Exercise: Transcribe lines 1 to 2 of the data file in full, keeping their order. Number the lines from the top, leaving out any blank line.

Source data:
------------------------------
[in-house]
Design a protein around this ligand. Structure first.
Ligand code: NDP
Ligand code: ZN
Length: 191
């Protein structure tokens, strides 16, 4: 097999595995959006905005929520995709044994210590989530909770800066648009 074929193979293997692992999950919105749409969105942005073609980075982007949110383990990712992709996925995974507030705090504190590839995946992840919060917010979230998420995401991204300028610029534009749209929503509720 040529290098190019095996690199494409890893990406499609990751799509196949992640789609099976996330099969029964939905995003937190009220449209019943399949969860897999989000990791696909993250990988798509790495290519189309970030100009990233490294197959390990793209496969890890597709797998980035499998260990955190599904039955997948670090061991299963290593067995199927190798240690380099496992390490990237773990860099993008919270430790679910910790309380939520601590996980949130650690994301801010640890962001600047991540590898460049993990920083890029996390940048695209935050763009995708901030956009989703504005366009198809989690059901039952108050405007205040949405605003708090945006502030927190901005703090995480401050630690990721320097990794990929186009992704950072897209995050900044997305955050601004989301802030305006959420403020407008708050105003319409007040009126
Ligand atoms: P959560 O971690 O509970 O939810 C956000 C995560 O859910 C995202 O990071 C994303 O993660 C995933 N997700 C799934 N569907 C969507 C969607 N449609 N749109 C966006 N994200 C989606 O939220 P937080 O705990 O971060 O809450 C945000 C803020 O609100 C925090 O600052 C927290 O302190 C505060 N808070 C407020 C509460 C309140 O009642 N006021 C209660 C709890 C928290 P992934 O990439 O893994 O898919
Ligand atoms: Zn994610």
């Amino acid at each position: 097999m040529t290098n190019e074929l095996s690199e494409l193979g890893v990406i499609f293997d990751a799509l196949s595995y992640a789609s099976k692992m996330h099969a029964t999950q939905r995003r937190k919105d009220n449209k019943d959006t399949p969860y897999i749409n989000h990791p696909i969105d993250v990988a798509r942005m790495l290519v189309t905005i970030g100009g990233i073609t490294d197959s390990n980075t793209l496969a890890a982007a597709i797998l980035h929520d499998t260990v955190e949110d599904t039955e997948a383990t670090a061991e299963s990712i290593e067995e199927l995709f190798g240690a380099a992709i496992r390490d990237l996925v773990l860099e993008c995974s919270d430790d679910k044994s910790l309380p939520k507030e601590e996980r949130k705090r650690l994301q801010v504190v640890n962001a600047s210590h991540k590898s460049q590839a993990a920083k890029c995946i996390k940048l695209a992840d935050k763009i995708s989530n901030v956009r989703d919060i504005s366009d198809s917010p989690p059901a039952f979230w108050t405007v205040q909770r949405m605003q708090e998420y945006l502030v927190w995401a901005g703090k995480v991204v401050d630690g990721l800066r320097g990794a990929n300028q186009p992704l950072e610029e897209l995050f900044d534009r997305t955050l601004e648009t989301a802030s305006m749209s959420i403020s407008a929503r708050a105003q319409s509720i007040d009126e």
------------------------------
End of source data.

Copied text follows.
[in-house]
Design a protein around this ligand. Structure first.